(Reuters Health) - - When Stacey Whiteman was diagnosed with multiple sclerosis two years ago, she didn’t realize the toughest challenge would be its impact on her brain. The 53-year-old from Massachusetts was forced to quit work as an executive assistant after becoming easily confused and prone to forget, even about priorities like doctor appointments.
When her physician suggested OpenNotes, an electronic portal allowing patients full access to their medical records, including doctors’ notes, Whiteman was eager to log on.
“For somebody like me who has a hard time processing things, I need this convenience,” she said. Whiteman now refers to OpenNotes daily, to review what happened during appointments, be reminded of future ones and check lab results.
Patient access to physician notes, historically rare, has led to more collaborative doctor-patient relationships and more engaged health care consumers, according to a new paper online February 10 in the British Medical Journal.
“Regardless of one’s competence, health information is often quite opaque,” said coauthor Michael Meltsner, a professor at Northeastern University School of Law in Boston.
Meltsner and his two coauthors, Dr. Tom Delbanco and Jan Walker, both at Beth Israel Deaconess Medical Center in Boston, evaluated data on 19,000 patients and 105 primary care physicians using OpenNotes at three U.S. hospitals.
After one year, 99% of patients wanted to continue accessing notes. Despite initial concerns among physicians about additional work, none decided to discontinue use.
“It’s like oysters. Once you like oysters, you hang in there with them,” Delbanco said. “But it’s an acquired taste.”
According to the paper, patients described “a new understanding of the importance of medications and more motivation to adhere to treatment.” They shared notes with caregivers and “reminded harried doctors about follow-up that had not been completed.”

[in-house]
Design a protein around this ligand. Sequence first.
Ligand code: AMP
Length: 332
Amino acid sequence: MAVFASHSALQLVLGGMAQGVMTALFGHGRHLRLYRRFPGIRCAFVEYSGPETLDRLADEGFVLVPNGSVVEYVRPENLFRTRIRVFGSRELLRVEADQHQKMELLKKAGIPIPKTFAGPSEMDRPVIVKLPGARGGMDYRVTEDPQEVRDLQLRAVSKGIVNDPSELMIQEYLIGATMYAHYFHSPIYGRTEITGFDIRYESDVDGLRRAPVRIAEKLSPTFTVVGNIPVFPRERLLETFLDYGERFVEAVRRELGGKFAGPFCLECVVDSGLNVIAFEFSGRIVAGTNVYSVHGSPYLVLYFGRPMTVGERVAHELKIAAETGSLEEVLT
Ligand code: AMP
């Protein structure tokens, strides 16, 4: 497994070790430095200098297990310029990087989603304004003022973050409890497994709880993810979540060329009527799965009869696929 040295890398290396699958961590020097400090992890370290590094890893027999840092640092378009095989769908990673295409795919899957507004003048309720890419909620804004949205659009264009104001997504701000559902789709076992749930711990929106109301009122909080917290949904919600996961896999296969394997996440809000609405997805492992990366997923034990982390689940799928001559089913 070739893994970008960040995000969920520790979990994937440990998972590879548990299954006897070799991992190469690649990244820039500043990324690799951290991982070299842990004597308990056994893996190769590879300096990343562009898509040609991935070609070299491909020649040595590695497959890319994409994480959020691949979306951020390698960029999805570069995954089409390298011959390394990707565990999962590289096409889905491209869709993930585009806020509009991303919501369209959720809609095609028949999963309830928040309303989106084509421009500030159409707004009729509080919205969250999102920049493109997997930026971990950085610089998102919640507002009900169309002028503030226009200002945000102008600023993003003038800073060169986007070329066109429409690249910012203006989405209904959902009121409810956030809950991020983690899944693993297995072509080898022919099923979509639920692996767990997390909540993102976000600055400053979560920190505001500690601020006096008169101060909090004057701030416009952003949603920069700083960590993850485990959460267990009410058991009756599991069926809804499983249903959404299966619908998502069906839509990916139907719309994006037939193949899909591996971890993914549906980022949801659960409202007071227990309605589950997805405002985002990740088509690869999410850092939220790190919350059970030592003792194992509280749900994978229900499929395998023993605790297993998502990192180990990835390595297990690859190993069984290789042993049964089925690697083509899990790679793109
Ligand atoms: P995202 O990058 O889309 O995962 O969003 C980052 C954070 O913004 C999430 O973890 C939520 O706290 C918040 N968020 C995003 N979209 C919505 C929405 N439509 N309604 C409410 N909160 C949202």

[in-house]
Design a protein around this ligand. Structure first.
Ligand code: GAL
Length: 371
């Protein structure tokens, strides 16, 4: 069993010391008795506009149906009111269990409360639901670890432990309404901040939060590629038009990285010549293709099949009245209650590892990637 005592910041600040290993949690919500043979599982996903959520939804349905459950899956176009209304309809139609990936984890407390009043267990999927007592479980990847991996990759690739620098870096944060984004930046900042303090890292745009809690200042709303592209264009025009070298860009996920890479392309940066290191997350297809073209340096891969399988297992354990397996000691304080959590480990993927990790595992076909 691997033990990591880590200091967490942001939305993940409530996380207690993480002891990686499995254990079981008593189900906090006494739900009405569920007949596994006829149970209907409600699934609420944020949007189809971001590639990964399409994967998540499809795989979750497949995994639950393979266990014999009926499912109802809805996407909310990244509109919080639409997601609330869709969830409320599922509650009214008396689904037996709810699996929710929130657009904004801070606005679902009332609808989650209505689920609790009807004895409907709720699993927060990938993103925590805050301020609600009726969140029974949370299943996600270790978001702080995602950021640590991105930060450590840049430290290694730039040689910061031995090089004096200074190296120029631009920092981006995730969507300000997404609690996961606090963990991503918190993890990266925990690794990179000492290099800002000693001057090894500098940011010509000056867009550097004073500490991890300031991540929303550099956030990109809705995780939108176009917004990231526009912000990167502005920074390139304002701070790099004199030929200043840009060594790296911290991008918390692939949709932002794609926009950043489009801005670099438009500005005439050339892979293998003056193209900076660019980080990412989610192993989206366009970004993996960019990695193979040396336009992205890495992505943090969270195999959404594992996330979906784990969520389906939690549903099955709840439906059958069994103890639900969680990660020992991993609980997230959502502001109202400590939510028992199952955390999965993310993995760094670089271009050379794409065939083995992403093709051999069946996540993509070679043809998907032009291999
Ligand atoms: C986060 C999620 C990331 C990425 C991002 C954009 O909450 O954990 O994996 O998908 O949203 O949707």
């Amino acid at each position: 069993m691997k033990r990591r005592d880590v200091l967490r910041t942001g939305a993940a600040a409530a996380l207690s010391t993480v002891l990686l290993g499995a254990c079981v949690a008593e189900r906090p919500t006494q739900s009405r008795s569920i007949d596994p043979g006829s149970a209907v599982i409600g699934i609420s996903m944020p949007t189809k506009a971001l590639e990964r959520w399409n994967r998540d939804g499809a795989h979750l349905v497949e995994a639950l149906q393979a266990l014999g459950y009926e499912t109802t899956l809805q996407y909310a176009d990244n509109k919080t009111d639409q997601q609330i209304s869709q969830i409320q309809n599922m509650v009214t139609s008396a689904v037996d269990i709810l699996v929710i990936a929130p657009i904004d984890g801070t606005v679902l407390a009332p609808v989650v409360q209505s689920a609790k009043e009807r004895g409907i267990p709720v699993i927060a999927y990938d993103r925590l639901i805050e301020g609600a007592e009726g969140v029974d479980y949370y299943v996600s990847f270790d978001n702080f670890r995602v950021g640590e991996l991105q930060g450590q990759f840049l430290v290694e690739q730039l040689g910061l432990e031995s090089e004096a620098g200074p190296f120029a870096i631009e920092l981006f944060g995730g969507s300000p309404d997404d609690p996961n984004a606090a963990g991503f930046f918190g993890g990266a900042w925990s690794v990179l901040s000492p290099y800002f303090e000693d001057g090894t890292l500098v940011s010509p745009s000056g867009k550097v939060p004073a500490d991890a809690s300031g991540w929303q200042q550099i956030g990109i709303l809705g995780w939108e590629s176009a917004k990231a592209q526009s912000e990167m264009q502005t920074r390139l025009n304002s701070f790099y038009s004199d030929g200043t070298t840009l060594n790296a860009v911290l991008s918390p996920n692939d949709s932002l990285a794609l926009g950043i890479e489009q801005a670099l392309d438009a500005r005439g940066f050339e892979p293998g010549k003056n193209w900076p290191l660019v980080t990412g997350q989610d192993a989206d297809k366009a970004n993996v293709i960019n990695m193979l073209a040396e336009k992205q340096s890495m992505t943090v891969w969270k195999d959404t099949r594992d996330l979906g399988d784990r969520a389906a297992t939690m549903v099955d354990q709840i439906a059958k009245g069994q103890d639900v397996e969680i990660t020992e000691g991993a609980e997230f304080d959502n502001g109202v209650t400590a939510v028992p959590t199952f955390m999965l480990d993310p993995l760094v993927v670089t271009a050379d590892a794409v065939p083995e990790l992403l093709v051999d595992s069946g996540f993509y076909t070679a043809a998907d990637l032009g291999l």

The participating institutions, Beth Israel Deaconess, Geisinger Health System in rural Pennsylvania, and Seattle’s Harborview Medical Center, have since expanded OpenNotes use throughout specialty and primary care. Overall, five million Americans now have access to notes, up from 20,000 two years ago.
Delbanco predicts access will soon be common nationwide. Electronic medical record software suppliers, such as Epic, are building note access into products. Health institutions may opt for or against activation.
The most surprising finding, Delbanco said, is that elderly patients and those with little education were as interested in reading notes as the young and well educated.
“We thought this would be a yuppie internet,” he said. However, at Harborview, a safety-net institution, patients read online notes by logging on to computers at public libraries and hospital kiosks.
“Patients have a right to information about themselves and the right to be told the truth,” said bioethicist Nancy Berlinger of The Hastings Center.
Note sharing can be particularly beneficial for patients with serious conditions like cancer, Berlinger said, as emotions are often high during appointments in which multiple issues are addressed and treatment plans formulated.
“A lot of these patients’ lives are happening outside of the clinic,” Berlinger said. “People can take in information in the privacy of their own homes.”
Berlinger said she questions how usable OpenNotes would be for non-English speaking patients and for those with dementia.
According to Delbanco, OpenNotes is like a new medicine, good for some and contraindicated in others. “Every medicine is designed to help some people, and OpenNotes is no exception,” he said.
Rita Charon, an internist and director of the program in narrative medicine at Columbia University in New York City, said any program opening the flow of information between clinicians and patients is beneficial.
“It’s easy to do, and something many of us do routinely,” Charon said. “It lets the patient know what I think, and it reminds me to write in English and not in abbreviations. It reminds me to faithfully repeat what happened in that twenty minutes.”
Measuring outcomes, she said, would help note-sharing practices to spread.
“This work has helped us see the important feasibility parts, that patients will put time into reading what we write, and that it does something,” Charon said. “Now we have to ask what does it do?”
Delbanco acknowledges that health outcomes are still unknown and difficult to evaluate.
However, he said, “We know that engaged patients have better outcomes.”